With The Prague Quadrennial focussing on Music Weather Politics next year, and the call for applications for the NZ exhibition closing this week, it is good time to look at the four years of The Performance Arcade in New Zealand. The inaugural Arcade event opened just four months before the last Prague Quadrennial, which featured the Intersections exhibition – an event and architecture that shares much in common with the Arcade. Now, with this new theme for PQ, we look back over images from the past five presentations of The Performance Arcade at how various climates have shaped the architecture of this event:

The Performance Arcade is an ongoing project that constructs performance architecture in public spaces to create ‘accidental audiences’ and escape the disciplined environments of the theatre building or fine art gallery. In doing so, it exposes performance to the various conditions of the city that the theatre or gallery often protect those works from: thus weather conditions, economies of spectation, as well as cultural climates play a large role in affecting the works and their containing architecture. The porous relationship between interior (framed) conditions and exterior elements is a constant dynamic of this project, destabilizing conventional assumptions about the role of theatre architecture. This interest goes further in the development of the individual artworks, the curation of the event, and the assembly of an overall architecture for each Arcade. Familiar processes are reversed, with the works themselves determining the overall layout, replacing the monumental preoccupations of theatre builders with a transient, momentary construction that emerges from the fabric of the city, then returns its constituent parts (containers, scaffolding, equipment) back into this system at the end of the event. Overall themes emerge out of the works selected for each year, and in 2014 the Arcade chose the title ‘In Construction’ for its defining concept. Thus, the architecture, programme, and curation of the event revolved around the processes of making ready, building, and preparation as meaningful acts in themselves. Reviewing images of these presentations it is possible to appreciate the defining role that weather plays in this outdoor performance event: bringing new emotions and meanings to the open, receptive surfaces of the works and architecture. Other ‘climates’ have affected the event in similar ways: such as the ‘Occupy Auckland’ movement camping next to the Auckland 2011 presentation. In this way, The Performance Arcade is an event and environment that exposes itself to the elements rather than rejecting them, employing politics, passing audiences, parallel events, the surrounding city, and the weather into the construction of a complex ‘architecture’ for/of performance.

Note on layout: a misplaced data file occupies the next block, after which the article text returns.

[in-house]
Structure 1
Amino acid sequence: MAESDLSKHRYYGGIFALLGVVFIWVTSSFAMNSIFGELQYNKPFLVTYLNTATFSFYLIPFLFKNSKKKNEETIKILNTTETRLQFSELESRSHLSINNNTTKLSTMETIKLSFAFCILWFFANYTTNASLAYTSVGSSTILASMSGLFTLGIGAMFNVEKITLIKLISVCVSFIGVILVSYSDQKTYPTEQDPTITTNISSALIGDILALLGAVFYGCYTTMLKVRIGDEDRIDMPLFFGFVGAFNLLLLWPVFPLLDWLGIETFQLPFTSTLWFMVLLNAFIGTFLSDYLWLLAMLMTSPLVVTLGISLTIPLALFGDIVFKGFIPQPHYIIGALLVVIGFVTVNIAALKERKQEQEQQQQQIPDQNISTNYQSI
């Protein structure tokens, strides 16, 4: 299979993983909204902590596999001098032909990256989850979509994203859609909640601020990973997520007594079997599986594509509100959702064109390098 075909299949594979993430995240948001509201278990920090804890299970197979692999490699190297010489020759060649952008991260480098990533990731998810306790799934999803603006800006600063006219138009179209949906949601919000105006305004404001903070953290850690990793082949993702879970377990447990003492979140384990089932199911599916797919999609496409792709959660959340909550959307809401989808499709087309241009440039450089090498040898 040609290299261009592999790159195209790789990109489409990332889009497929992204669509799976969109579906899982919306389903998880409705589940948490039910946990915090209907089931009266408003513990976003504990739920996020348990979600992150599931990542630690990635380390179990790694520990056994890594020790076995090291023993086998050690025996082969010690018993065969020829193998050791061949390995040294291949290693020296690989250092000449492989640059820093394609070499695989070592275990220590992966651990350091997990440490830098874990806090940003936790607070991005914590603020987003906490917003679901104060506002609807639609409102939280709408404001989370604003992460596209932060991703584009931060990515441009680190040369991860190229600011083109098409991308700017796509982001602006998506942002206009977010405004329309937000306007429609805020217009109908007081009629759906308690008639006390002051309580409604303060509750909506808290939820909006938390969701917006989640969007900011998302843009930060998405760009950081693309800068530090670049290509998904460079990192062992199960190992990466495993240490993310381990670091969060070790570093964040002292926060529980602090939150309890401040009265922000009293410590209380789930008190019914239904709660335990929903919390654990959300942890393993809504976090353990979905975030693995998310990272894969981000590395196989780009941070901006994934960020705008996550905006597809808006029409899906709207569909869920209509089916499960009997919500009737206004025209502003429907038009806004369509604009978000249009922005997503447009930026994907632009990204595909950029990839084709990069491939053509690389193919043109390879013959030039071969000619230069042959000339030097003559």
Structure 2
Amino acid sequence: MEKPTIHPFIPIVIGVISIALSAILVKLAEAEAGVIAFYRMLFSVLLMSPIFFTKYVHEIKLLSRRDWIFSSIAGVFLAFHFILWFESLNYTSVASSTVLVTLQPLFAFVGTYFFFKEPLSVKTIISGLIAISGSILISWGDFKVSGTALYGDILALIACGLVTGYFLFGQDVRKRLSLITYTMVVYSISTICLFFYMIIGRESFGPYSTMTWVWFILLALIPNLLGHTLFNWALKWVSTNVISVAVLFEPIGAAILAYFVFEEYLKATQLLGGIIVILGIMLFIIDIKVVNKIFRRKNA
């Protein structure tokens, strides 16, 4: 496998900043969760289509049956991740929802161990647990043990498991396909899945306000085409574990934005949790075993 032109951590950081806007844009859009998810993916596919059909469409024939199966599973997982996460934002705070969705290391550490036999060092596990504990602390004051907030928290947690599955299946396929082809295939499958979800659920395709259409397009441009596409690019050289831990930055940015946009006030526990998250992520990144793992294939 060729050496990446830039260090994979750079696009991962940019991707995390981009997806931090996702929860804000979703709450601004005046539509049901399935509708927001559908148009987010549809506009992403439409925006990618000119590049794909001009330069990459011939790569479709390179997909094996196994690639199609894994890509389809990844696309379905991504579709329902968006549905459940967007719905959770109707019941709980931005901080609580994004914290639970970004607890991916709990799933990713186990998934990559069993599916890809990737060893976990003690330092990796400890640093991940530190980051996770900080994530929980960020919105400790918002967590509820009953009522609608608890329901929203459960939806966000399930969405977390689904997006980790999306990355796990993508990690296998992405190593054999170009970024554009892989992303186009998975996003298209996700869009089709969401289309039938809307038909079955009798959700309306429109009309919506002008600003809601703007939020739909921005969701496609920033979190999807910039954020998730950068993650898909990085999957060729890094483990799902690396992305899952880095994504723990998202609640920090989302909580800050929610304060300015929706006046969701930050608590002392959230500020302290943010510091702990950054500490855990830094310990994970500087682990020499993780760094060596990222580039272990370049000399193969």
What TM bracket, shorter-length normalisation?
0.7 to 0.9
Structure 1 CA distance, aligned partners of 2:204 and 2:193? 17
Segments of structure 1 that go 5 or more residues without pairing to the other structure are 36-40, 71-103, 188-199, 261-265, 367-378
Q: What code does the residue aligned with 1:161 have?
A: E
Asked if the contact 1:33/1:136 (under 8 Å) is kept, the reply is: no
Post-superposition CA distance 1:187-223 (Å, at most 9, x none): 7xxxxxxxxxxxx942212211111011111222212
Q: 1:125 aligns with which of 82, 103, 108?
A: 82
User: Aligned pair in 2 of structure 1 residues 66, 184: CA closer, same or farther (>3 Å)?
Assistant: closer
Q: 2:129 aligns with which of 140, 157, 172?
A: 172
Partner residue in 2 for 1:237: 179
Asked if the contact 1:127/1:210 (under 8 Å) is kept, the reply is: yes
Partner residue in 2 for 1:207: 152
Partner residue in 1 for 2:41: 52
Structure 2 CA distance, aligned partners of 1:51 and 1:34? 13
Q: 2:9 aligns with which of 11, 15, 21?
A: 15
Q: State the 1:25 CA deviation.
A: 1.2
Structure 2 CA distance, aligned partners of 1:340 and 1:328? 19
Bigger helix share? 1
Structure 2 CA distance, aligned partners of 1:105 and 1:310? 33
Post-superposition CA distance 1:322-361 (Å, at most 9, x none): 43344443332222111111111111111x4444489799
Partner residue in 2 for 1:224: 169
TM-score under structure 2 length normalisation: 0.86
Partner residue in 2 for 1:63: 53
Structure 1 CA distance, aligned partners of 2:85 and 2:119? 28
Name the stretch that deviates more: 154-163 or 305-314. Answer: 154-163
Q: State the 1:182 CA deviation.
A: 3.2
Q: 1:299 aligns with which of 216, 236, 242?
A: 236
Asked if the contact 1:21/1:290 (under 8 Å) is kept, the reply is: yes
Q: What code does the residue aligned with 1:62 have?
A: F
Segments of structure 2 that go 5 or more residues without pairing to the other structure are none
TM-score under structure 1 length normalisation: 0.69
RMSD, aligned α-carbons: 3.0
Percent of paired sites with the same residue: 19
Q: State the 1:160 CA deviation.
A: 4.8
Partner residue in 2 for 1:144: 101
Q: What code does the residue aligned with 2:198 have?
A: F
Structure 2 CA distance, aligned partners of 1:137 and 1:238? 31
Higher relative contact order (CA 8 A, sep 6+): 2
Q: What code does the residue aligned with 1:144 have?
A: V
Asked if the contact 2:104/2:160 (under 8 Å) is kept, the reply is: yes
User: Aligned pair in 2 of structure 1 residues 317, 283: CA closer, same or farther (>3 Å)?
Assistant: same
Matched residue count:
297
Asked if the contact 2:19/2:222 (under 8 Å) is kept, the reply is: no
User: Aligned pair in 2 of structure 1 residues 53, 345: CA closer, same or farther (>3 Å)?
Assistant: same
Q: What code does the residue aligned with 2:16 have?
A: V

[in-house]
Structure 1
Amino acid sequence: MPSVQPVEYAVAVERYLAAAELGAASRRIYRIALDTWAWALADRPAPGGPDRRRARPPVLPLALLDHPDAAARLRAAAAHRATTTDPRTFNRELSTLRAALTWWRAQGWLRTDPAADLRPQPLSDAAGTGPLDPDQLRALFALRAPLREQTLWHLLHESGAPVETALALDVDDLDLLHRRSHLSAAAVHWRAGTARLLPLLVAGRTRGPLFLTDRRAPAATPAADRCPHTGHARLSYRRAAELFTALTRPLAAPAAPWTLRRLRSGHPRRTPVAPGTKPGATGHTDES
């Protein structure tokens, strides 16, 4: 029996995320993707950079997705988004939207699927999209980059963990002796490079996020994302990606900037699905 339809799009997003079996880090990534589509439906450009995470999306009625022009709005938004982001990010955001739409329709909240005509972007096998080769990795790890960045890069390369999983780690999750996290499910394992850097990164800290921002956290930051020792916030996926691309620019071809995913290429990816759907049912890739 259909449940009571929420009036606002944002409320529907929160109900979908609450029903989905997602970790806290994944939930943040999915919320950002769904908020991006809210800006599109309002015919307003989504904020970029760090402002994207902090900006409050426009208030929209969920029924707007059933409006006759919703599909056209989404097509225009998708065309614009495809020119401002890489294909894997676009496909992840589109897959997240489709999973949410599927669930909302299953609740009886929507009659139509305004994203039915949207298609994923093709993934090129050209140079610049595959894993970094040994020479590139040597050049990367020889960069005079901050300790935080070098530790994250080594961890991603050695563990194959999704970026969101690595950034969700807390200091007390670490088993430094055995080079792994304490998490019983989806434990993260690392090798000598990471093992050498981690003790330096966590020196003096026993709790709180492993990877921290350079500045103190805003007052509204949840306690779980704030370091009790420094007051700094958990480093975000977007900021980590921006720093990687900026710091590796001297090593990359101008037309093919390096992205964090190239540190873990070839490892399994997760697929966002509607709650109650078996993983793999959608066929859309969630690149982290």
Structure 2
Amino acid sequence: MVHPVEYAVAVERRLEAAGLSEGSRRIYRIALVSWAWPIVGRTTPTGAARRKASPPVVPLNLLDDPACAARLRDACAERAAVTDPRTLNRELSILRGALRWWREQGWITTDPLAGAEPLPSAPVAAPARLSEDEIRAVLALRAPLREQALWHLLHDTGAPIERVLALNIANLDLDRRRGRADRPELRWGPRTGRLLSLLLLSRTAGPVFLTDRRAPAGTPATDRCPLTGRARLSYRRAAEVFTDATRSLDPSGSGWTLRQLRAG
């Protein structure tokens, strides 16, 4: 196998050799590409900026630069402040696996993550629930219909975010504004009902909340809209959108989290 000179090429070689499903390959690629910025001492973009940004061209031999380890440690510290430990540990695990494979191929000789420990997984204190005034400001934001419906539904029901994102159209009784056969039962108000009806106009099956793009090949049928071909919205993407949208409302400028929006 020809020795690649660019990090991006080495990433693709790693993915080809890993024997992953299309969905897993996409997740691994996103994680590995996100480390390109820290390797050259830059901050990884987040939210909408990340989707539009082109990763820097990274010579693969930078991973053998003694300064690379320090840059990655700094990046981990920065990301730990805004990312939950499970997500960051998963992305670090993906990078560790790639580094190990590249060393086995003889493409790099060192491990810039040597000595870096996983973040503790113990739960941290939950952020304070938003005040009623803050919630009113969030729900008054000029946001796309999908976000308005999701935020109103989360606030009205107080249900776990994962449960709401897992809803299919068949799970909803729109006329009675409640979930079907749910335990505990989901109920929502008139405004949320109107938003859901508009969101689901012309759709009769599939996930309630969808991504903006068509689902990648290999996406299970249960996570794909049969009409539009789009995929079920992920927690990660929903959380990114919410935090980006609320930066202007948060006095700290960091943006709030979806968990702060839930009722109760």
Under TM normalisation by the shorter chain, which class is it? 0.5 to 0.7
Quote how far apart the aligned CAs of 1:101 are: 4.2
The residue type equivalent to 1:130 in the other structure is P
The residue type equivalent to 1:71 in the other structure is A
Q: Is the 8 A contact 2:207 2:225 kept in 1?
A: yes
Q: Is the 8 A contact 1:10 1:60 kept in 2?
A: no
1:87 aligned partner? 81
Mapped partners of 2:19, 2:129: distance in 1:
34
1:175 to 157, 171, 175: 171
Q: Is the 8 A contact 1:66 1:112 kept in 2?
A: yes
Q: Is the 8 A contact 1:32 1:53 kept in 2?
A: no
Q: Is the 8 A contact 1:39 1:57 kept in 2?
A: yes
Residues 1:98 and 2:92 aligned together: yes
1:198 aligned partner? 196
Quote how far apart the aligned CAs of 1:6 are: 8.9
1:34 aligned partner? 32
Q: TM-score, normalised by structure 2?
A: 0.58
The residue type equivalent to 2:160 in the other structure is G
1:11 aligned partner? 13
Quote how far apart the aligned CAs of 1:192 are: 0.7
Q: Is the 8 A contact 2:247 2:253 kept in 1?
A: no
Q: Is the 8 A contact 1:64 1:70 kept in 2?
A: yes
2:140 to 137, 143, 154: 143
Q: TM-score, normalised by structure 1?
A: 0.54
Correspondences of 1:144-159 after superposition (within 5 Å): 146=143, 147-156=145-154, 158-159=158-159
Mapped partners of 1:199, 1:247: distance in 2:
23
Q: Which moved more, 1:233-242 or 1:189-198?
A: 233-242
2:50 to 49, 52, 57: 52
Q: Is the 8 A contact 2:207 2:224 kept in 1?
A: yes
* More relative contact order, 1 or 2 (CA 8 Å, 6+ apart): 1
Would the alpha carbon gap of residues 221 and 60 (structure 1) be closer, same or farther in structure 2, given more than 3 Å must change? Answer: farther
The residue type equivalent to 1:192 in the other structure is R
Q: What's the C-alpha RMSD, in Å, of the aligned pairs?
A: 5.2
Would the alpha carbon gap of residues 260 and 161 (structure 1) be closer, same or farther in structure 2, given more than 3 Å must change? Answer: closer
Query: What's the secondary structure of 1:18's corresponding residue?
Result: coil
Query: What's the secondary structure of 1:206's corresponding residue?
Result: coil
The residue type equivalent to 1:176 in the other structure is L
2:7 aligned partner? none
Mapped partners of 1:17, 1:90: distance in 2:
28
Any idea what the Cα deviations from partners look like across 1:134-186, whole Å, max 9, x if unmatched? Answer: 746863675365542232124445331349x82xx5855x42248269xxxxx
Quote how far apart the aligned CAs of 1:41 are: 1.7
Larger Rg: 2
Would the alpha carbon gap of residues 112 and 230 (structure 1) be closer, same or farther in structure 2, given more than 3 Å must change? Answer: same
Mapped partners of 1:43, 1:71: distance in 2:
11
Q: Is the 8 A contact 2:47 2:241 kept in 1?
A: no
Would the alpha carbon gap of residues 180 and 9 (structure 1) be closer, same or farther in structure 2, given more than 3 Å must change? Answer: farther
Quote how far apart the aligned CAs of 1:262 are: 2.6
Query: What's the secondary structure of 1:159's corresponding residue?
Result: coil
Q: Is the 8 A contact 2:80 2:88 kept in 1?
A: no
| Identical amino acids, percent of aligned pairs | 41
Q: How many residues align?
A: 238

Comments are closed.

%d bloggers like this: